Spatially distributed water-balance and meteorological data from the rain–snow transition, southern Sierra Nevada, CaliforniaAuthor(s): Roger Bales; Erin Stacy; Mohammad Safeeq; Xiande Meng; Matthew Meadows; Carlos Oroza; Martha Conklin; Steven Glaser; Joseph Wagenbrenner
Source: Earth System Science Data. 10(4): 1795-1805
Publication Series: Scientific Journal (JRNL)
Station: Pacific Southwest Research Station
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We strategically placed spatially distributed sensors to provide representative measures of changes in snowpack and subsurface water storage, plus the fluxes affecting these stores, in a set of nested headwater catchments. The high temporal frequency and distributed coverage make the resulting data appropriate for process studies of snow accumulation and melt, infiltration, evapotranspiration, catchment water balance, (bio)geochemistry, and other critical-zone processes. We present 8 years of hourly snow-depth, soil-moisture, and soil-temperature data, as well as 14 years of quarter-hourly streamflow and meteorological data that detail water-balance processes at Providence Creek, the upper part of which is at the current 50 % rain versus snow transition of the southern Sierra Nevada, California. Providence Creek is the long-term study cooperatively run by the Southern Sierra Critical Zone Observatory (SSCZO) and the USDA Forest Service Pacific Southwest Research Station's Kings River Experimental Watersheds (KREW). The 4.6 km2 montane Providence Creek catchment spans the current lower rain–snow transition elevation of 1500–2100 m. Two meteorological stations bracket the high and low elevations of the catchment, measuring air temperature, relative humidity, solar radiation, precipitation, wind speed and direction, and snow depth, and at the higher station, snow water equivalent. Paired flumes at three subcatchments and a V-notch weir at the integrating catchment measure quarter-hourly streamflow. Measurements of meteorological and streamflow data began in 2002. Between 2008 and 2010, 50 sensor nodes were added to measure distributed snow depth, air temperature, soil temperature, and soil moisture within the top 1 m below the surface. These sensor nodes were installed to capture the lateral differences of aspect and canopy coverage. Data are available at hourly and daily intervals by water year (1 October–30 September) in nonproprietary formats from online data repositories. Data for the Southern Sierra Critical Zone Observatory distributed snow and soil datasets are at https://doi.org/10.6071/Z7WC73. Kings River Experimental Watersheds meteorological data are available from https://doi.org/10.2737/RDS-2018-0028 and stream-discharge data are available from https://doi.org/10.2737/RDS-2017-0037.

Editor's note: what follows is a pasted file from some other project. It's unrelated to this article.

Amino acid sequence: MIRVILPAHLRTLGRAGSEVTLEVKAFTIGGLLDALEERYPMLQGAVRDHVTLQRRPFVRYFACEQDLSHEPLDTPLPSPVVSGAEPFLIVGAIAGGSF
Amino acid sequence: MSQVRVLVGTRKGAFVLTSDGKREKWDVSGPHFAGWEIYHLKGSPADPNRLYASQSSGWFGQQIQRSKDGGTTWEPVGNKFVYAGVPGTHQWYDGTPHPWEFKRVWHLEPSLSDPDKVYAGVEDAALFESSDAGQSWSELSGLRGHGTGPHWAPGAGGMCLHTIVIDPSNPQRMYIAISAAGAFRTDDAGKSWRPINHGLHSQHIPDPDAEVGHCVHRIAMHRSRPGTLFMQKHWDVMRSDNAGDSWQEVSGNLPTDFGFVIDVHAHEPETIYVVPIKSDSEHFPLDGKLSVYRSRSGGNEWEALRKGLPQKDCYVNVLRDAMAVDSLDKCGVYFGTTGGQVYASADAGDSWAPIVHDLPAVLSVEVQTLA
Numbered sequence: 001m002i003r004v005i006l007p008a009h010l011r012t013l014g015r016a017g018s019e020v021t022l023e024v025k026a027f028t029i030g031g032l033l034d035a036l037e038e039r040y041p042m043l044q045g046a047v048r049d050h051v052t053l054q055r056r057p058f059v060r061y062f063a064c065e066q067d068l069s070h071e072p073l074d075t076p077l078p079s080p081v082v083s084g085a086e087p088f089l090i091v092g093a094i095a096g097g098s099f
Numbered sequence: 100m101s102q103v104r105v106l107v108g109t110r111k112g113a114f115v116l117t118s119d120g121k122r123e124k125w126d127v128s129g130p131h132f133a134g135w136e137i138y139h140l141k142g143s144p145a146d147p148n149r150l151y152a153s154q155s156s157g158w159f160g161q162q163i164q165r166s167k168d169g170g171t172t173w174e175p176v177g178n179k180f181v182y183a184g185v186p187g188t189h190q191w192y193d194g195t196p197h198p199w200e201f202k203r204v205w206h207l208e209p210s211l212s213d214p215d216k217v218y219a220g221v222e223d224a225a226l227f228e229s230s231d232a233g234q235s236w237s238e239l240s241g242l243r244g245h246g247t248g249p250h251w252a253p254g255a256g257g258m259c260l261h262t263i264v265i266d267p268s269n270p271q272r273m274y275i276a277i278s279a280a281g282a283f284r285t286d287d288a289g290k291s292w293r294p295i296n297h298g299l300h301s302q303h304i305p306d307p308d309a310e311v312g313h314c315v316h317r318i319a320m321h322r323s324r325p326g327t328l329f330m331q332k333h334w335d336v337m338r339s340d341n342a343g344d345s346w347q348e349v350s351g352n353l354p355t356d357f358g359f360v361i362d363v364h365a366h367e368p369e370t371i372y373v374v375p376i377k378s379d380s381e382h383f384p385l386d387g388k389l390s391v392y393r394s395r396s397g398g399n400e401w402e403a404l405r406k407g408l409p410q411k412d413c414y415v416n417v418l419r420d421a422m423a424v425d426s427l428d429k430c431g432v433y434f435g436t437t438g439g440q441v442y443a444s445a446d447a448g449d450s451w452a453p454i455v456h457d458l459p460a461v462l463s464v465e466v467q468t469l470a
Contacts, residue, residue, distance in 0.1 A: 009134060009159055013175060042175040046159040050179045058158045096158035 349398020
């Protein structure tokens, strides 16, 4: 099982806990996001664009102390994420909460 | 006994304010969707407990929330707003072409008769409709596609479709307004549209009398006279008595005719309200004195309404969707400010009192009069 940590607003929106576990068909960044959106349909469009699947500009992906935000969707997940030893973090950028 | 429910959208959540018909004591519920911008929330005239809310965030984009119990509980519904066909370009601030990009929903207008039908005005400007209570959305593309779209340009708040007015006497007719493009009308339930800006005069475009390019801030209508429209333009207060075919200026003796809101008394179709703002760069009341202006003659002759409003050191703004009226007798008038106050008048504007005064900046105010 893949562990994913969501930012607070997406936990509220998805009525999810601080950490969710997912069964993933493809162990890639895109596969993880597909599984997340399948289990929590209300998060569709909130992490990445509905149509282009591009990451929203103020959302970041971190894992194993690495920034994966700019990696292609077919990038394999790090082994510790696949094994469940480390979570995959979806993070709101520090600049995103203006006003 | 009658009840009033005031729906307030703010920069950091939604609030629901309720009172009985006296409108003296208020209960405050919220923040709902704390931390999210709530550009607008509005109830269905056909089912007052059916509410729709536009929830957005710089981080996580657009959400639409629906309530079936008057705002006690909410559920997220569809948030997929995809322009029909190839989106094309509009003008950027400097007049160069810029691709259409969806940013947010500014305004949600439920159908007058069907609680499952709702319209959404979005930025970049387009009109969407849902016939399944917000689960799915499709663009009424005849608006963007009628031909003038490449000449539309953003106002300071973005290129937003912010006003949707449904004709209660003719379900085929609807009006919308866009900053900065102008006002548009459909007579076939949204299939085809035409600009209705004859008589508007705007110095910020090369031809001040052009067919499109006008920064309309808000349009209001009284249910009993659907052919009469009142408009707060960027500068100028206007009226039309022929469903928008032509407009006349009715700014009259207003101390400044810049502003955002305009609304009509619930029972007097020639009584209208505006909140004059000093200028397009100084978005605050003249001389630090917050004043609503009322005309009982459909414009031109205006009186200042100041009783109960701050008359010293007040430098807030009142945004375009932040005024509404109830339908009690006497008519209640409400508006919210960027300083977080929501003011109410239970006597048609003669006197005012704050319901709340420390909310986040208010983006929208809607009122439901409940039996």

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CitationBales, Roger; Stacy, Erin; Safeeq, Mohammad; Meng, Xiande; Meadows, Matthew; Oroza, Carlos; Conklin, Martha; Glaser, Steven; Wagenbrenner, Joseph. 2018. Spatially distributed water-balance and meteorological data from the rain–snow transition, southern Sierra Nevada, California. Earth System Science Data. 10(4): 1795-1805. https://doi.org/10.5194/essd-10-1795-2018.
KeywordsKREW, CZO, climate, monitoring
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